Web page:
F

Fahrenheit – A temperature scale in which
water freezes at 32 degrees and boils at 212 degrees at normal atmospheric
pressure.

Fan – A device that creates air flow.

Filter – A device that acts like a strainer
to remove dirt or undesired particles.

Flue – A vent that removes the byproducts of
combustion from a furnace.

Furnace – The major component in heating a
home. A device that facilitates the combustion of fuel and air to create heat.

Fuse – A delicate metal strip connecting two
parts of an electrical circuit. This strip breaks, or melts, in the event of
excess electrical charge, breaking the electrical circuit.

G

GAMA – Gas Appliance Manufacturers
Association.

H

Heat Exchanger – A device through which heat
is transferred to a cold area or surface.

Heat Gain – The amount of heat added or
created in a designated area.

Heating Coil – A coil that acts as a heat
source for a heating system.

Heat Loss – The amount of heat subtracted
from a designated area.

Heat Pump – A device used for either the
heating or cooling of a space by transferring heat between two reservoirs.

Heat Transfer – Moving heat from one location
to another.

HSPF – Heating Seasonal Performance Factor.
This factor rates the efficiency of the heating portion of the heat pump.

Humidifier – A device that adds humidity, or
moisture, to the air.

Humidistat – The device that measures
humidity and turns the humidifier on and off.

Humidity – Dampness in the air caused by
water vapor.

HVAC – Heating, Ventilation and Air
Conditioning.

I

Ignition – Elevating the temperature of a
substance to the point of causing a combustion reaction.

K

Kilowatt (kW) – 1,000 watts.

L

Latent Heat – A type of heat that when added
to an area produces an effect other than an increase in temperature.

M

Media – The fine material of a filter that
traps dirt, dust, mildew or bacteria.

N

NEC – National Energy Council / National
Electric Code.

NEMA – National Electrical Manufacturing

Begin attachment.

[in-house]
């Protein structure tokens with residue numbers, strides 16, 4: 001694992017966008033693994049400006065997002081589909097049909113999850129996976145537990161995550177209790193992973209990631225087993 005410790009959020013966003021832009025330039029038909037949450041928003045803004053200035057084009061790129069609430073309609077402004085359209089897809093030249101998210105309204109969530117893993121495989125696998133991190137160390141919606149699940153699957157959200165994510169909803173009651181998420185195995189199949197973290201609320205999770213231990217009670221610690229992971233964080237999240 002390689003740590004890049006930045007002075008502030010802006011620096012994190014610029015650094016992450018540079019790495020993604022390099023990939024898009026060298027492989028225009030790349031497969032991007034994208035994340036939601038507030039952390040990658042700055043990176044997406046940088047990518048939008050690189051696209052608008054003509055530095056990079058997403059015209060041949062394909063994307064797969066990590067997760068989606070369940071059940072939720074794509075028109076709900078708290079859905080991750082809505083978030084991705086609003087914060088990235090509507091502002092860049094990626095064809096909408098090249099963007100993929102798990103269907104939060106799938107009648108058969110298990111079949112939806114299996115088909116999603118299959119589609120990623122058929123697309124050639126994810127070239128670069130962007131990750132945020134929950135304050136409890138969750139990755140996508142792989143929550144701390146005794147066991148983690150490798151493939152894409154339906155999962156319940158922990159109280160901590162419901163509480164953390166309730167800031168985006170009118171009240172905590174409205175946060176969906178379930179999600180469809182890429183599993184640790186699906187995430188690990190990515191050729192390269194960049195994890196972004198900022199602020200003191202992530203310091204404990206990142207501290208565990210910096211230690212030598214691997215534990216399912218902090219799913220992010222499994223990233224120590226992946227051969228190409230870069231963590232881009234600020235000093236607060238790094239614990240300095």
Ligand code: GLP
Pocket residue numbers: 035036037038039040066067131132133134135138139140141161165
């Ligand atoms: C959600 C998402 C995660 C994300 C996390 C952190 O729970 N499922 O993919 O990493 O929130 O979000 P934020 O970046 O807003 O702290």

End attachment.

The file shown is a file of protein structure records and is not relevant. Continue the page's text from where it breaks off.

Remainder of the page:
Association.

O

Orifice – An opening or hole.

P

Package Unit – A heating and cooling system
contained in one outdoor unit.

PSI – Pounds per square inch.

PSIA – Pounds per square inch, absolute.

PSIG – Pounds per square inch gauge.

PVC – Polyvinyl chloride; a type of plastic.

R

Reciprocating Compressor – A type of
compressor used in cooling systems to compress refrigerant by using a piston
action.

Refrigerant – A chemical that condenses from
a vapor to liquid and, in the process, decreases in temperature.

Refrigerant Charge – The amount of
refrigerant in a system.

S

SEER – Seasonal Energy Efficiency Ratio. A
rating system developed by the U.S. Government to indicate the efficiency level
of cooling equipment.

Self-contained System – A package unit.

Sensible Heat – Heat added or subtracted that
causes a change in temperature.

Sensor – A device that reacts to a change in
conditions.

Split System – An outdoor unit combined with
an indoor unit.

T

Thermostat – Sensors that monitor and control
the output of an HVAC system.

Thermostatic Expansion Valve – A device that
creates a constant evaporator temperature.

Ton – One ton is 12,000 BTUs per hour.

U

Upflow Furnace – A furnace that pulls in air
from the bottom and releases it through the top.

V

Vacuum – A space where the pressure is
significantly below that of standard atmospheric pressure.

Volt – A unit of electro-motive force.

Voltage – The force pushing electrical
current along wires and cables.

W

Watt – The unit of electrical power equal to
the flow of one amp at a potential difference of one volt.

Wet Bulb Thermometer – A thermometer that
measures the relative humidity in the air.

Z

Zoning – A system that divides a home, office
or space into different regions in order to better control the temperature and
effectiveness of a heating and cooling system.